"The prophecies of the Andean world announced for our time the emergence of bridge-men (chakarunas), people with a vocation to establish gateways between" worlds ": material versus spiritual world, different cultural worlds, phenomenological world versus archetypal (numen) world. [...] Bridge-men come from opposite sides, from the western world and from the indigenous world: the bridge can be crossed in both directions."

Excerpt from the article “The time of Chakarunas”, Dr. Jacques Mabit

We have gathered here a small biography of some master healers who transmitted to the doctors and psychologists of Takiwasi Center their wisdom and experience in the proper management of modified states of consciousness, plants and other practices of Traditional Amazonian Medicine, for self-awareness and healing. Follow the link to see the current team of Takiwasi: Therapeutic Team.

Foto Aquilino Chujandama

Aquilino Chujandama - Peru

Chazutino Indigenous born in 1910. He is from the town of Llucanayacu on the banks of the Huallaga River. He tells that he spent 10 months in the jungle, being a young man, in a school of traditional medicine. There he began to heal and devoted himself to it all his life, especially giving purge plants, with his “ikaros” (healing songs) and “sopladas” (blows). Very loved and respected in the town of Chazuta, his descendants are also healers (Winston Tangoa, Orlando Chujandama). He accompanied the preparation and foundation of Takiwasi from 1986 to November 1993, when he died. He was always accompanied by his wife Doña Alegría who, although discreet, knew a lot of traditional medicine.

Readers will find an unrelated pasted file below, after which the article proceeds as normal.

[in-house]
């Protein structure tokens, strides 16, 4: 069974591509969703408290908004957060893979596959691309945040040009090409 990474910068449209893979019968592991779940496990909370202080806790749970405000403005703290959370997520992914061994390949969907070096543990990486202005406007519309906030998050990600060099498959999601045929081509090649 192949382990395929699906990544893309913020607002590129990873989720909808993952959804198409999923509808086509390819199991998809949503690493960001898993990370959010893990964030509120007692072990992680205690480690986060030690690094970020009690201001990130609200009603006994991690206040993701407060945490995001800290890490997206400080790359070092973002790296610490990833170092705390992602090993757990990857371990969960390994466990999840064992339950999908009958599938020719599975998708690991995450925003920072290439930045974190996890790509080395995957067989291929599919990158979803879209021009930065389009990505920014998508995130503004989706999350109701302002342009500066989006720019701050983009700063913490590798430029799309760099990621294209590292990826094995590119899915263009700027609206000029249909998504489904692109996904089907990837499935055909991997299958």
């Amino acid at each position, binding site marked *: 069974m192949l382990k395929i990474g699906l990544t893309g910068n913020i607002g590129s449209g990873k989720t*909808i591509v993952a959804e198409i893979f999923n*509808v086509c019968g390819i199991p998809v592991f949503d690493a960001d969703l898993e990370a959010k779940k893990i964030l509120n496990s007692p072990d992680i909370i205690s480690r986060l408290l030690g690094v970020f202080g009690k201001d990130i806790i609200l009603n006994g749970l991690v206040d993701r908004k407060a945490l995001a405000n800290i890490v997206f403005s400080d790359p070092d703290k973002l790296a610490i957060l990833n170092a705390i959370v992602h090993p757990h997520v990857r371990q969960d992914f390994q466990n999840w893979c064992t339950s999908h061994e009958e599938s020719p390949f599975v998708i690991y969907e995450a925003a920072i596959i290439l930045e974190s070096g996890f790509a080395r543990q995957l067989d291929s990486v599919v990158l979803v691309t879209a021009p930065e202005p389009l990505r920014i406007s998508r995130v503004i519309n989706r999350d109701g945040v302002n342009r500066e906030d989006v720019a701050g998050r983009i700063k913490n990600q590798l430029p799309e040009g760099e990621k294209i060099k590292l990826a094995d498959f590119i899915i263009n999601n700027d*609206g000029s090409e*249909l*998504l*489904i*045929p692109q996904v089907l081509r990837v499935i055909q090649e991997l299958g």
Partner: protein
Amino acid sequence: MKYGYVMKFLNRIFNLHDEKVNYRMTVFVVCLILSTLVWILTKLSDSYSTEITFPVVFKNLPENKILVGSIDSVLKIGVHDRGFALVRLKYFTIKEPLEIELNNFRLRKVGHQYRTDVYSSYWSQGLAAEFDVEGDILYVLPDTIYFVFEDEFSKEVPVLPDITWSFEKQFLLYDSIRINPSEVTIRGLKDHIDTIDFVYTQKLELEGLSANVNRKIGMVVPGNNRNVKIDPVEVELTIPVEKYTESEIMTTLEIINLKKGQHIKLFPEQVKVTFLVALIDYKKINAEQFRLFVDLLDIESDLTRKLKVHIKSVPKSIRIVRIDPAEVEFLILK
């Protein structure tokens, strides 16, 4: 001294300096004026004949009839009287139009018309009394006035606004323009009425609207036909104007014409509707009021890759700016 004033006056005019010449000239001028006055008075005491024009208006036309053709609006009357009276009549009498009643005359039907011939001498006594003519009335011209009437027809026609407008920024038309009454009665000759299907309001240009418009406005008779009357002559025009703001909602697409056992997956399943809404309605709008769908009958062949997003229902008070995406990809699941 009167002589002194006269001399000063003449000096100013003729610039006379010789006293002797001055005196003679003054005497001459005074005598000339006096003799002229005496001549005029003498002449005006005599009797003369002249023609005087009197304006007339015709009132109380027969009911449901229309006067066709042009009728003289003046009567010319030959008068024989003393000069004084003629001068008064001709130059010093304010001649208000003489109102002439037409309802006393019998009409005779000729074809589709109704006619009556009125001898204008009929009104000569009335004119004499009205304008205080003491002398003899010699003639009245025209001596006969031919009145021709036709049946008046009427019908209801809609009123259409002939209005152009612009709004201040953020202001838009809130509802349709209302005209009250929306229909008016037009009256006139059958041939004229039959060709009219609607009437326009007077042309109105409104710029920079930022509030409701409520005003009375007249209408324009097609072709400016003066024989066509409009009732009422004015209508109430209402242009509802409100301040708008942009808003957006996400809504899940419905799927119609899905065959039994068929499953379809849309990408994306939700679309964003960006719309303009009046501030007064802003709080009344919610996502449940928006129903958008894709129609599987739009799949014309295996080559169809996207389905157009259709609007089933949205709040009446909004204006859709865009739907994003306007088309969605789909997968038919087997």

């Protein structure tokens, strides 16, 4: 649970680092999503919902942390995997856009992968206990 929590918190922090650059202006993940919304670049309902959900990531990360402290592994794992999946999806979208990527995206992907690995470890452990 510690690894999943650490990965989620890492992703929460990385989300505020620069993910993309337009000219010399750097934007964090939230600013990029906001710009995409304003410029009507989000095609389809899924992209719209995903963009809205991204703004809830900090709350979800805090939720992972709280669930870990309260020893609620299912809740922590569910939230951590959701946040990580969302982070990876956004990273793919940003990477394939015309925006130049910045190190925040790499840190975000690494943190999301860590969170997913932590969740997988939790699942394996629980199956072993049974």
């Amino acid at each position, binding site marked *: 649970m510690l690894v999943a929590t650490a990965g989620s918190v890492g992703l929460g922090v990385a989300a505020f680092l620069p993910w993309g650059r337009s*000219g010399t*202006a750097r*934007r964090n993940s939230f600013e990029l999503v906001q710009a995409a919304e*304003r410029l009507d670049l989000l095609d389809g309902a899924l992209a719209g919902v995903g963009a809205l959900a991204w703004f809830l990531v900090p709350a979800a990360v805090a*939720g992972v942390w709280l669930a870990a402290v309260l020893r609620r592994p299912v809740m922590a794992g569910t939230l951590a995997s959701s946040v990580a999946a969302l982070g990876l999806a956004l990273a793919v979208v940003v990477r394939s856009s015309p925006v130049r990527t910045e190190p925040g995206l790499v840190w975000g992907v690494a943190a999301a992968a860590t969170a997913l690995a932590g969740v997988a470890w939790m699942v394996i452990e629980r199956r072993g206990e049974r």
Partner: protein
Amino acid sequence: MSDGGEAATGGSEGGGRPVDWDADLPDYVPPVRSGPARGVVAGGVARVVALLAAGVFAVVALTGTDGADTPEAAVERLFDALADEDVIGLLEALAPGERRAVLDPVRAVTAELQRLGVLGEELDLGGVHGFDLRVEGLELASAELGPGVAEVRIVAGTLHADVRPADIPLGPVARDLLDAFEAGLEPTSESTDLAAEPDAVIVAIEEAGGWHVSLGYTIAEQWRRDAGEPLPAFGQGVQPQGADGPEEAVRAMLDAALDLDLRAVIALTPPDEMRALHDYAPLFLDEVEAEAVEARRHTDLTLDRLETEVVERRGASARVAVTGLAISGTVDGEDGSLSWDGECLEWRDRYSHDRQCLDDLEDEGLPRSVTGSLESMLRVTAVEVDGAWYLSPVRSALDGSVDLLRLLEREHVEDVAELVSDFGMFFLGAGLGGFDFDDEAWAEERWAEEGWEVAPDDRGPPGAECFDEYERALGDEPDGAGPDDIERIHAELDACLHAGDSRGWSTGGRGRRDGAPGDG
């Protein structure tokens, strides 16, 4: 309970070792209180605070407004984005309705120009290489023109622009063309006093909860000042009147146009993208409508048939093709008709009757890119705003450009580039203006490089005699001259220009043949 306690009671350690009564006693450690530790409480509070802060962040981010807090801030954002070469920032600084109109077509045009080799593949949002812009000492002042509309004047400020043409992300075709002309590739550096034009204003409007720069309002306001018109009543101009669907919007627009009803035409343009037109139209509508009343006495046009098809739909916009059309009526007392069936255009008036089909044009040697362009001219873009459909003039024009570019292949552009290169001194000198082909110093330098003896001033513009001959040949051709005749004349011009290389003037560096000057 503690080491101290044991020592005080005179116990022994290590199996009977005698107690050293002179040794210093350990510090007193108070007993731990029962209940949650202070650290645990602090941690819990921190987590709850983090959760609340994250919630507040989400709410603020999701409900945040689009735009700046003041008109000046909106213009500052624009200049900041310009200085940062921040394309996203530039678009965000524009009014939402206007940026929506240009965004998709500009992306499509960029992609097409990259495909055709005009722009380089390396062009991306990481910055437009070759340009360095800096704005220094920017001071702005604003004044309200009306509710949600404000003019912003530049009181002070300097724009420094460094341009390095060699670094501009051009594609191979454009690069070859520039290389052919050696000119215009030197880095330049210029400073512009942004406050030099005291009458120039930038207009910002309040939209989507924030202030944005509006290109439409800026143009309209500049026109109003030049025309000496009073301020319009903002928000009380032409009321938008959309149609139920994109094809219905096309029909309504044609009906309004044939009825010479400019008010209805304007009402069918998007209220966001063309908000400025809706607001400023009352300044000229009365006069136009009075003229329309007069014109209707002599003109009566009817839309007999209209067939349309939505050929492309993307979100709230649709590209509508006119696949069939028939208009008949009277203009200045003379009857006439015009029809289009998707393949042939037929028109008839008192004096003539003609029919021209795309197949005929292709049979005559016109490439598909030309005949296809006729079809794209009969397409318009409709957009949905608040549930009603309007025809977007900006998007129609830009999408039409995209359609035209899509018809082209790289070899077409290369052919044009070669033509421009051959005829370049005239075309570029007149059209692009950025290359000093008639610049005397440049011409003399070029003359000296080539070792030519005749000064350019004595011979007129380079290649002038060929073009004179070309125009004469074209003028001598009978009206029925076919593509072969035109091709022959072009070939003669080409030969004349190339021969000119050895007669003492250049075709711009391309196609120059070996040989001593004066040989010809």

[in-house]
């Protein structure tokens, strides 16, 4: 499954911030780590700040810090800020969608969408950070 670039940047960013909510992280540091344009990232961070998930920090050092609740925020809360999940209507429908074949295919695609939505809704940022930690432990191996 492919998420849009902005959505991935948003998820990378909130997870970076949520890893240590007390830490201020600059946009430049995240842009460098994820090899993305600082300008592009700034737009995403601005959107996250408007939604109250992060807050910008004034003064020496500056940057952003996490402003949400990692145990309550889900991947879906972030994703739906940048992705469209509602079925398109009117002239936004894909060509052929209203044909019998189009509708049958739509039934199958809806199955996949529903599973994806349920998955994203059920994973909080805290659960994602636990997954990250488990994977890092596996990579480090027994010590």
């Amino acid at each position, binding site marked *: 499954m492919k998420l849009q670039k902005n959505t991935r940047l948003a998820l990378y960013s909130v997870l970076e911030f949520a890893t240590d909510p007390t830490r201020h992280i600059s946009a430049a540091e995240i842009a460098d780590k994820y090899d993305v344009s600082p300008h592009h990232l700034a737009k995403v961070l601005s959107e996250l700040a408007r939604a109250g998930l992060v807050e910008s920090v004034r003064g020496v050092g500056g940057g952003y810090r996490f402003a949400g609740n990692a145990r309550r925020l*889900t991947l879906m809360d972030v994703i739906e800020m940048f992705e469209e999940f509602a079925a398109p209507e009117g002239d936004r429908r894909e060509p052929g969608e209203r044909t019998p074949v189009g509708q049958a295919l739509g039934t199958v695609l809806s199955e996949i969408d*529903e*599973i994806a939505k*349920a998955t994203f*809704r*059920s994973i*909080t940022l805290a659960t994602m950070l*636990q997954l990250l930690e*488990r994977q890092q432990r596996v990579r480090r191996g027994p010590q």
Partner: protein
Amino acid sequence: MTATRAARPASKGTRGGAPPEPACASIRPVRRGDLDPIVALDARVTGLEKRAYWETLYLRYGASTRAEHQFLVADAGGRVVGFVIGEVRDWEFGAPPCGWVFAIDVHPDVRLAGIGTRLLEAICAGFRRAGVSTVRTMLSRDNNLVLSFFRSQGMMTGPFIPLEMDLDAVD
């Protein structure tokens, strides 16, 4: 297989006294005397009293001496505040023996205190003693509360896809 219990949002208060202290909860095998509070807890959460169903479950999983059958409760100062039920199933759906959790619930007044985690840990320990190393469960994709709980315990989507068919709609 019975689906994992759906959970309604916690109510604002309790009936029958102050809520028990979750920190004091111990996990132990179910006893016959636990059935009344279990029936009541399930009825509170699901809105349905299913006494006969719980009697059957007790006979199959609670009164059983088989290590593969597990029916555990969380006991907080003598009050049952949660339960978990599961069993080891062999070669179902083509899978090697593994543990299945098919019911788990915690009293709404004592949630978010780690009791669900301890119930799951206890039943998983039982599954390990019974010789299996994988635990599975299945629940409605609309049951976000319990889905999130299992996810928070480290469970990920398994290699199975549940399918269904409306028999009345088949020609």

Foto Luis Culquitón

Luis Culquitón - Peru

Mestizo ayahuasquero shaman, born in Iquitos in 1949. There he founded, in a land of 13 hectares located near the town of Manacamiri, the Kapitari Center, where, for more than 30 years he has been using ayahuasca for healing work of different types. Its center integrates the work of recovery of the ancestral memory, the revaluation of the rich patrimonies that are related to the indigenous legacies of the Amazon and the implementation of projects with different communities. From revelations obtained through the visions he has developed, among other projects, integral fish farms, seed systems, paints with vegetable dyes.